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It is to show for an $a\in \mathbb{C}^{\ast}$ that $aB_{1}(1)= B_{|a|}(a)$

where B denotes a disc

Okay, maybe this is correct:

$aB_{1}(1) = a(e^{i\phi}) = ae^{i\phi} = |a|e^{i\phi} = B_{|a|}(a)$

But this seems very wrong!

V

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It makes no sense to write $aB_1(1)=a(e^{i\phi})$ -- the former is a set of points, the latter is a single point that depend on a new variable $\phi$. I think you would be better off proving it as $\forall z(z\in aB_1(1) \Longleftrightarrow z \in B_{|a|}(a))$. –  Henning Makholm Oct 31 '11 at 1:12
    
yes but I can take the $\phi$ for an interval for radii and circlii and then it will also give me a disc ?? –  VVV Oct 31 '11 at 1:16
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5 Answers

let a be a complex number of the form: $a:= u+vi$ and $z:= x+yi$

$B_{1}(1)$ means that $ |z-1| < 1 $ and so $a|z-1| = (u+vi)|z-1| = (u+vi)(\sqrt{(x-1)^{2}+y^{2}} $ so we can write it as $|z-1|u+|z-1|vi< a|1| = |a| = \sqrt{u^{2}+v^{2}}$

This seems to be the wrong route also. ??

V

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Well, your idea is OK. But you should improve some things:

First: If B is a disk and you write $e^{i\phi}$, then it is a parametrization of a circle not the whole disk. But actually a disk is a sum of circles plus the middle point, so the strategy is OK.

Second: As @Adam wrote, you can't write $ae^{i\phi}=|a|e^{i\phi}$, because it is not equal if $a \neq |a|$. However it is true that $ae^{i\phi} \in B_0^{|a|}$. So in that way, you can prove that $aB_0^1 \subseteq B_0^{|a|}$ (1). So what remains is that it is not an inclusion but an equality. Since $a \cdot a^{-1}=1$ it is enough to show that $ a^{-1}B_0^{|a|} \subseteq B_0^1$ and proving that is actually the same as (1).

Third: You have to remember that the middlepoint of your circle is $1$ and when you write $e^{i\phi}$ it generates a circle around $0$, so you have to add $1$ to it.

P.S. There is no $a^{-1}$ for $a=0$, so it is a special case, but a very simple one.

Your second attempt also should lead to success, but you shouldn't multiply $a$ by distance between $z$ and $1$ (notice that it leaded you to write an inequality with complex numbers, which makes no sense!) - you should multiply $a$ by $z$ and look what is the distance between $az$ and $a$ assuming that the distance between $z$ and $1$ is smaller than $1$

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We look at: $|az-a|$ with $|z-1|<1$, how does that help??? –  VVV Oct 31 '11 at 17:45
    
$|az-a|=|a(z-1)|=|a|\cdot|z-1|<|a|$, so $az$ is in $B_{|a|}(a)$, right? –  savick01 Oct 31 '11 at 19:02
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First let me answer your specific question.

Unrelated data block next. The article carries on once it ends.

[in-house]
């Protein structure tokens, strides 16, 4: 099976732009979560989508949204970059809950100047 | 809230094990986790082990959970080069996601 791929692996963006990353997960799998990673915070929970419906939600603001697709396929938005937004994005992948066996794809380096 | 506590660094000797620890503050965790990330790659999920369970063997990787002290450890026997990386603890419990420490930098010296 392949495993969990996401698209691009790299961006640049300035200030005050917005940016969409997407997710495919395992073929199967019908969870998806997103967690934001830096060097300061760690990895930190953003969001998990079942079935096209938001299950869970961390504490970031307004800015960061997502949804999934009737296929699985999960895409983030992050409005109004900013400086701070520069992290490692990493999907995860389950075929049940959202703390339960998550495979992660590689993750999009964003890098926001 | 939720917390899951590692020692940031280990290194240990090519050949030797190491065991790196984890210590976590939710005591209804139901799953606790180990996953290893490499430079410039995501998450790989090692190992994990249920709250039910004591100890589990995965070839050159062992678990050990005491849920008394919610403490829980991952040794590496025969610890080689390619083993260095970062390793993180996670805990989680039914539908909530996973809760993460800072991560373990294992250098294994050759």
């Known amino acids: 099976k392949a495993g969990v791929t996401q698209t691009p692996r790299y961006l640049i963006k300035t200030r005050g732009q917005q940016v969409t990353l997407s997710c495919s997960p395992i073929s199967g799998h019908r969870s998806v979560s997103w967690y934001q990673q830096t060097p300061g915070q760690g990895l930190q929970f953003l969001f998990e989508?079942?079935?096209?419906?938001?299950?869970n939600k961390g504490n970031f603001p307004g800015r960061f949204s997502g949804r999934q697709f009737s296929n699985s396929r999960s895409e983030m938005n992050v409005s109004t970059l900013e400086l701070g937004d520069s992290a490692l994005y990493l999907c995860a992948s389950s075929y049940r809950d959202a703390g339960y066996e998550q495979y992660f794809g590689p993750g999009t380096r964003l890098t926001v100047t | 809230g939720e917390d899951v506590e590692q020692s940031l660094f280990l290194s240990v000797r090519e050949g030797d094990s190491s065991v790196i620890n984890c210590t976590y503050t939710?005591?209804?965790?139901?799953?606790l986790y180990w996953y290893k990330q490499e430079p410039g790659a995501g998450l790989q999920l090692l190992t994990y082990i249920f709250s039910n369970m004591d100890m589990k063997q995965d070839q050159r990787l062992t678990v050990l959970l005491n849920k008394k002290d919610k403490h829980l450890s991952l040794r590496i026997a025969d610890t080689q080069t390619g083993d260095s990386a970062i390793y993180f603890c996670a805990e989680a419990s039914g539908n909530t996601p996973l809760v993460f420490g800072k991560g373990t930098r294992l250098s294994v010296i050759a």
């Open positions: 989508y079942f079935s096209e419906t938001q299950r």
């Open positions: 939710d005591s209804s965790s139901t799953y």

1. Let $z \in B_{1}(1)$, that is to say, $|z - 1| \lt 1$. We want to show that $az \in B_{|a|}(a)$, that is, we want to show that $|az-a| \lt |a|$. But $$ |az - a| = |a| \cdot \underbrace{|z-1|}_{\lt 1} \lt |a|, $$ as we wanted, therefore $aB_1(1) \subset B_{|a|}(a)$.

  2. Conversely, let $w \in B_{|a|}(a)$, that is $|w -a| \lt |a|$. We want to show that $w \in aB_{1}(1)$. Since $a \neq 0$ we can write $$ |a| \gt |w-a| = |a| \cdot \left|\frac{w}{a}-1\right|, $$ so $\left|\frac{w}{a}-1\right| \lt 1$. But this means that $z = \frac{w}{a} \in B_{1}(1)$, so $w = az \in a B_{1}(1)$, hence $B_{|a|}(a) \subset aB_1(1)$.

Putting 1. and 2. together we have $aB_1(1) = B_{|a|}(a)$, as desired.


To make this a bit more useful, we generalize slightly:

Consider $B_{r}(p)$ with $r \gt 0$ and let $a \in \mathbb{C}^\ast$. Then $aB_{r}(p) = B_{|a|r}(ap)$.

Indeed, if $z \in B_{r}(p)$, so $|z-p| \lt r$, then $$ |az-ap| = |a|\cdot|z-p| \lt |a|r, $$ so $aB_{r}(p) \subset B_{|a|r}(ap)$.

Conversely, if $w \in B_{|a|r}(ap)$ then $$ |a|r \gt |w-ap| = |a|\cdot \left|\frac{w}{a} - p\right|, $$ so $\left|\frac{w}{a} - p\right| \lt r$, thus $z = \frac{w}{a} \in B_{r}(a)$ and therefore $w=az \in aB_{r}(p)$. The claimed equality $aB_{r}(p) = B_{|a|r}(ap)$ is proved.

To sum up: multiplying by a complex scalar $a \in \mathbb{C}^\ast$ scales all balls by a factor $|a|$ (i.e., multiplies the radii by $|a|$) and moves the centers from $p$ to $ap$.

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Since this looks like homework, I'll just give you a hint. You are on the right track, but it is not true that $a e^{i\phi} = |a| e^{i \phi}$. Indeed, remember that $a = |a| e^{i \theta}$ for some $\theta$ (the modulus of $a$). Geometrically, what is going on is that multiplication by $a = |a| e^{i \theta}$ scales things by $|a|$ and rotates things by $\theta$.

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I don't see how to describe $B(|a|)(a)$ or $B_{1}(1)$ without using $re^{i\phi}$ ? ? –  VVV Oct 31 '11 at 1:18
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Following the second attempt:

So we look at this system of inequalities:

$aB_{1}(1)$: $|az-a|$ and $|z-1|<1 $

what we want to show is that this equals $|z-a|<|a|$

Then stuck.

Following the first attempt:

for $a \in \mathbb{C}^{*} = \mathbb{C}\backslash \{0\}$

we look at $B_{1}(0) : |z|<1 $ so $|az|< |a|$ which is $B_{|a|}(0)$ this must be finished like this.

But I don't know where I have shown it.

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You don't know because it is quite easy:) Actually what is crucial is $|az|=|a|\cdot|z|$. But it's a ball with its centre in zero, and in your homework there is $1$ and $a$, so it is not so easy. Why you think you want to show that $|az-a|=|z-a|<|a|$? It is false, so showing that may be hard;) One more thing: do you know that $|x-y|$ is the distance between $x$ and $y$? –  savick01 Oct 31 '11 at 19:10
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